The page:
value" and was not entitled to First Amendment protection. Obversely,
material with any redeeming social value could not be obscene and could
not be outlawed. Therefore, if "to the average person, applying
contemporary community standards, the dominant theme of the material taken
as a whole appeals to the prurient interests" and has no redeeming value
it can be proscribed and those involved in its production and distribution
can be punished. As the three dissenters, Justices Black, Douglas, and
Harlan, pointed out, the Roth test was unclear because it did not
define the "average person," did not specify which community's standards
were to be used or how those standards were to be determined, and,
finally, did not define "prurient interest."
The Warren Court subsequently redefined and expanded the
Roth test. In a case involving a movie version of Lady
Chatterly's Lover, Justice Stewart ruled, in Kingsley International
Corporation v. Regents of University of New York, 360 U.S. 684 (1959),
that books and films could not be banned merely because they dealt
primarily with sexual themes. The "prurient interest" requirement of
Roth was strengthened in Manual Enterprises, Inc. v. Day,
370 U.S. 478 (1962) to require that materials appeal to prurient interests
in a "patently offensive way." And, again writing for the Court in
Jacobellis v. State of Ohio, 378 U.S. 184 (1964), Justice Brennan
added to the Roth test the requirement that a book or film must be
shown to lack "redeeming social importance" according to "national
contemporary standards." (Chief Justice Warren never joined his liberal
brethern in endorsing a national community standard although most
commentators acted as if that were the position of the Court.) Finally, in
A[End Page 151]Book Named "John Cleland's Memoirs of a
Woman of Pleasure" v. Massachusetts, 383 U.S. 413 (1966), Justice
Brennan combined all three of the above requirements into a restatement of
the majority's position holding that materials were excluded from First
Amendment protection only if they failed all three requirements--that is,
they (1) have a prurient interest that (2) appeals in a patently offensive
way, and (3) lack social redeeming value. This material was usually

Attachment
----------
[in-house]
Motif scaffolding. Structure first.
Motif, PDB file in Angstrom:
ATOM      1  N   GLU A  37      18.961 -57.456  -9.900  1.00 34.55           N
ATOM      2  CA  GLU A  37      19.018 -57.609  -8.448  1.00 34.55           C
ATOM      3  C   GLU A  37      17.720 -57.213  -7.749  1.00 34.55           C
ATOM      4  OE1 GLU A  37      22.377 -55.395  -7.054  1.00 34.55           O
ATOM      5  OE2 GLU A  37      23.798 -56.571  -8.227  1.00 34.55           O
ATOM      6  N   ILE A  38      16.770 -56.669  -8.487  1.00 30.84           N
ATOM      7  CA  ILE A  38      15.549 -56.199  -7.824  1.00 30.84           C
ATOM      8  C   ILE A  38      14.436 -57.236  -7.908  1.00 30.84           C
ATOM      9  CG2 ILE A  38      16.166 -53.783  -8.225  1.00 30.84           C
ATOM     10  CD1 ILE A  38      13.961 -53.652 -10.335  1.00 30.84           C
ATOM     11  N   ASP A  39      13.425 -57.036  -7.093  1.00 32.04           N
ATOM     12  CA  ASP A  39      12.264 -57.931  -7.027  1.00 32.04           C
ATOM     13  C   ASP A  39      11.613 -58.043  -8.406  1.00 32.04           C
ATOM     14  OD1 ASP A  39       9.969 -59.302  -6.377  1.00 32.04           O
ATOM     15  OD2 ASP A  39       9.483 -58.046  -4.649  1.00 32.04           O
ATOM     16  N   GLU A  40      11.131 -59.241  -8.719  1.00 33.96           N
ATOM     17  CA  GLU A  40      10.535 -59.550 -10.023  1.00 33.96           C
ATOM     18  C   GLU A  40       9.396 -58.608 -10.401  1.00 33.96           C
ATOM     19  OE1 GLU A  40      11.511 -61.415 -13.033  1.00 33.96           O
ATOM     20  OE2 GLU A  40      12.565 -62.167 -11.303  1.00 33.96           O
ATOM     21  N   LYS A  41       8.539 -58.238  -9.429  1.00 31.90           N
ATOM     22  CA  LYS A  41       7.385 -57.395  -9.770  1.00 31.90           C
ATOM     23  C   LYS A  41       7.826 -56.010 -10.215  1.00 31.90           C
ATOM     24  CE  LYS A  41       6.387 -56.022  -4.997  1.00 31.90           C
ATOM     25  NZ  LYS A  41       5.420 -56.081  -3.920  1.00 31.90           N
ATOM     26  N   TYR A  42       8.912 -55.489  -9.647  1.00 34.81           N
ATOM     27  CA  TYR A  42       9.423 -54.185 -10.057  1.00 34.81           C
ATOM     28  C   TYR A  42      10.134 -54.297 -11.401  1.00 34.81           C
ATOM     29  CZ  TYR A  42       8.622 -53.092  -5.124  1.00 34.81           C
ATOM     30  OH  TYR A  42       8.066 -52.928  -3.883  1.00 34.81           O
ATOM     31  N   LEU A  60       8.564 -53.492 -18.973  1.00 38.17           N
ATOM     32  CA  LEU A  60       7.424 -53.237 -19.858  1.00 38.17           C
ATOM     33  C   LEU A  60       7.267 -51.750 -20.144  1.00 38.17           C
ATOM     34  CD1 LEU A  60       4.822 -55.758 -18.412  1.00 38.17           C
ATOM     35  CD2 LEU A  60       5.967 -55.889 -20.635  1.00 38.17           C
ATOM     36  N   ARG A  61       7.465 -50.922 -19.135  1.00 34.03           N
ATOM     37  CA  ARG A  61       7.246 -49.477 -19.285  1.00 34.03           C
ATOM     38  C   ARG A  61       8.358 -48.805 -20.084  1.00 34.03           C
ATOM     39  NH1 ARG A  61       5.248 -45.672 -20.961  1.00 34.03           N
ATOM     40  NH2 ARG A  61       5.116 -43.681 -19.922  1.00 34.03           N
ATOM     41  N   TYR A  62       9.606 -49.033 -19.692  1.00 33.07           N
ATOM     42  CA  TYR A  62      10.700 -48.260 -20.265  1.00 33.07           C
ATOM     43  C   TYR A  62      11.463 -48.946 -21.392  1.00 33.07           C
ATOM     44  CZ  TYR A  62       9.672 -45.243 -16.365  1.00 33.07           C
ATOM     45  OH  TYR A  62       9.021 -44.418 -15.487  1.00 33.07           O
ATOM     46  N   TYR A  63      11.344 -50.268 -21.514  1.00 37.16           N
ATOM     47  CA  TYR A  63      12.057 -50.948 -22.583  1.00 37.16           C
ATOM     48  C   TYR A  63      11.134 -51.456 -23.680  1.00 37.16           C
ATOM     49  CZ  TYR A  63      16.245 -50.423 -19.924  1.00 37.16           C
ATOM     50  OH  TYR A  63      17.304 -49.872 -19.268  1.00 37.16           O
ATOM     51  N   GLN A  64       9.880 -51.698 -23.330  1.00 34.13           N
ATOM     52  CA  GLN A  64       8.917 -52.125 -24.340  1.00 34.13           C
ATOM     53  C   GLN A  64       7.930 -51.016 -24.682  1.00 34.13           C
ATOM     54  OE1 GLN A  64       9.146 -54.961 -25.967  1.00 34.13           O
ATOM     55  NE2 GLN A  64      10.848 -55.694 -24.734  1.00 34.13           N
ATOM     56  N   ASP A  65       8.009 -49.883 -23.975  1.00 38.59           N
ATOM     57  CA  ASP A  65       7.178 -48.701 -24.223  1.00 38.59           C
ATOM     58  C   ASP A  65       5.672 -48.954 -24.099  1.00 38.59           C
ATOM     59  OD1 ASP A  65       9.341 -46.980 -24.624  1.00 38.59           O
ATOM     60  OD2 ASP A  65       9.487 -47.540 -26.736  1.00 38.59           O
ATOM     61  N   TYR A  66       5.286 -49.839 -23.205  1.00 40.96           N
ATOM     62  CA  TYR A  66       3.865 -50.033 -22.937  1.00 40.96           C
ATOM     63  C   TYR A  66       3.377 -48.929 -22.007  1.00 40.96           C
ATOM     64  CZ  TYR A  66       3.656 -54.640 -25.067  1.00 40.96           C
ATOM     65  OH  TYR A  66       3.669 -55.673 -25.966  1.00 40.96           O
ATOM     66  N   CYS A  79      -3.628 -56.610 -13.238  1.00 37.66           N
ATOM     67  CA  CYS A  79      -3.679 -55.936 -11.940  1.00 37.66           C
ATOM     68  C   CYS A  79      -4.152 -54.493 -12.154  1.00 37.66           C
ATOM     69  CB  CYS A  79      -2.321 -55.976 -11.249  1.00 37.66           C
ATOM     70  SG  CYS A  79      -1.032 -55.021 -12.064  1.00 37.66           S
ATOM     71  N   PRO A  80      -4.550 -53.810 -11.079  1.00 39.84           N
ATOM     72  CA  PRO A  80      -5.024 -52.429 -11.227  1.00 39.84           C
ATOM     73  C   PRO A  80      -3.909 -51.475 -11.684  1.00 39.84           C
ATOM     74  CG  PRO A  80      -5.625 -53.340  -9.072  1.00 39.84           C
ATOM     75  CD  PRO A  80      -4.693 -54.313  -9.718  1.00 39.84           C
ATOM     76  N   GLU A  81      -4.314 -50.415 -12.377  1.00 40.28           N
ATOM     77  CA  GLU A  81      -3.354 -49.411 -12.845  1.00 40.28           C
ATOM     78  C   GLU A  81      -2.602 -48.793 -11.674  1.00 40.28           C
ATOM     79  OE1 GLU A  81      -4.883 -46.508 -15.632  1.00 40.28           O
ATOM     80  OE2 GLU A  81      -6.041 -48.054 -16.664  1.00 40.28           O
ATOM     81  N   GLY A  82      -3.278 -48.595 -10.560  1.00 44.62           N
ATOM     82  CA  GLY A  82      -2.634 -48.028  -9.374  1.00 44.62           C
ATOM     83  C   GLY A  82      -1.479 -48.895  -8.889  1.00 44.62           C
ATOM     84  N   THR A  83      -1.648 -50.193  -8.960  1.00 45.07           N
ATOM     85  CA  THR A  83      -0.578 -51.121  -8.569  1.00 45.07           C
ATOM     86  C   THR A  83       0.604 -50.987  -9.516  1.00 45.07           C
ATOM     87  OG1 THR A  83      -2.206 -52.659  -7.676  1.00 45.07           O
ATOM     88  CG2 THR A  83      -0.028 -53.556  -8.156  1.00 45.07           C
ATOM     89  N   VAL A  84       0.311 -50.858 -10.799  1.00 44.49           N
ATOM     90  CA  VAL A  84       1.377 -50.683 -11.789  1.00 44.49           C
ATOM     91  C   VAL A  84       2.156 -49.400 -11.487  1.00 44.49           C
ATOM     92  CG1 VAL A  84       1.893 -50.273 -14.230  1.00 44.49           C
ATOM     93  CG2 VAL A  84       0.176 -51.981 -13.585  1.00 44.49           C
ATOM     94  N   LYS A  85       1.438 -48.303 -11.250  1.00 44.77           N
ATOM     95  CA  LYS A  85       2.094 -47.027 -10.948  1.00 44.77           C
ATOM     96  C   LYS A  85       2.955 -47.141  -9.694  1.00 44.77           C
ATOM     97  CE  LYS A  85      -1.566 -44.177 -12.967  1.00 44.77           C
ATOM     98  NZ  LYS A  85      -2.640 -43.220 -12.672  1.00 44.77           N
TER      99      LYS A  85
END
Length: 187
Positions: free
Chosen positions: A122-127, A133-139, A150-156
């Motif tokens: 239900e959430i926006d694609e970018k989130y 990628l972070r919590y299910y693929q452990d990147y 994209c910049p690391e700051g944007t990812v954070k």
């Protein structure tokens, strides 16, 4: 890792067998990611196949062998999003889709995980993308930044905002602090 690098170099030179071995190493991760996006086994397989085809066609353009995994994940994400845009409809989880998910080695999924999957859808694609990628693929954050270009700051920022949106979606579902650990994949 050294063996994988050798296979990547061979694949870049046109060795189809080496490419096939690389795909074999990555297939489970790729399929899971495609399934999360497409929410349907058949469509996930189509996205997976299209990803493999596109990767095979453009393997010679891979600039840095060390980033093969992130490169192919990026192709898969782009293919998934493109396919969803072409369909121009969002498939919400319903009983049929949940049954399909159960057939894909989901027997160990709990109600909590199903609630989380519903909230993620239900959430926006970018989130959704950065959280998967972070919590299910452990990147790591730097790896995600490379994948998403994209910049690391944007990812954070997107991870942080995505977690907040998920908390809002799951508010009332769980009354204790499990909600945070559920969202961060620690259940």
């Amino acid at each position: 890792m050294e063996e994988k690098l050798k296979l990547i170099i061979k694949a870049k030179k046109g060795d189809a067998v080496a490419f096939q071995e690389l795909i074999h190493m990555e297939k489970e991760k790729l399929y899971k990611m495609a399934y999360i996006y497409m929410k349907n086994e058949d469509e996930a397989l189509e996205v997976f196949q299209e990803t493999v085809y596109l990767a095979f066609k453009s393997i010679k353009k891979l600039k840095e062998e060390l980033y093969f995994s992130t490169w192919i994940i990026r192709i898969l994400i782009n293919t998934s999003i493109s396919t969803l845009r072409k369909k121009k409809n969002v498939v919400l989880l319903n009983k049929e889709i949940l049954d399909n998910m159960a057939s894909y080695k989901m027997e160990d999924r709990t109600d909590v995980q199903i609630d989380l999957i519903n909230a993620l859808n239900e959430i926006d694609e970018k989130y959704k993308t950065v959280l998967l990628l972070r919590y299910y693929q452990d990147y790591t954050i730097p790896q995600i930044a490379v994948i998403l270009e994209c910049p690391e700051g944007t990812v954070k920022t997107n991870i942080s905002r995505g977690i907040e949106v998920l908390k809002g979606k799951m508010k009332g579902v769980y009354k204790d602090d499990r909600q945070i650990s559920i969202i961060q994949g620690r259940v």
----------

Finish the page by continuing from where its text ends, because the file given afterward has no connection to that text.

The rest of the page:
referred to as hardcore pornography.
The Warren Court was badly split on the obscenity issue.
From 1957 to 1967, it rendered decisions in thirteen major obscenity
cases. Those thirteen cases had fifty-five different concurring and
dissenting opinions. The issue was so divisive that in 1967 the Court,
after carefully stating the position of each Justice, announced that there
was such a divergence of opinion on the issue that it would stop issuing
opinions in such cases. In the next five years, the Court reversed
thirty-one obscenity convictions, most without written opinions.
There were two issues on which the Court was able to
reach a consensus. Ginzburg v. United States, 383 U.S. 463 (1966)
ruled that the manner in which material was advertised could be used as
proof of its obscene character. Thus, the Court upheld the conviction of
Ralph Ginzburg for pandering by advertising because he sought
unsuccessfully to mail his magazine Eros from such places as
Middlesex, New Jersey, Blue Balls, Montana, and Intercourse, Pennsylvania.
Surprisingly, that issue had not been raised by the prosecution during the
trial and was only briefly mentioned during the oral argument. The Court
also upheld the conviction of Sam Ginsberg for selling two "girlie"
magazines to a sixteen-year-old boy in Ginsberg v. New York, 390
U.S. 629 (1968). Additionally, the Court upheld the use of local
censorship boards for screening sexually oriented films if there were due
process and a prompt determination, and if the Court's standards for
determining obscenity were followed. 4[End Page 152]
Although the Ginzburg and Ginsberg cases
demonstrate that the Court was not exclusively liberal in its treatment of
sexually explicit material, its obscenity jurisprudence meshed with the
political, racial, social, and sexual revolution of the fifties and the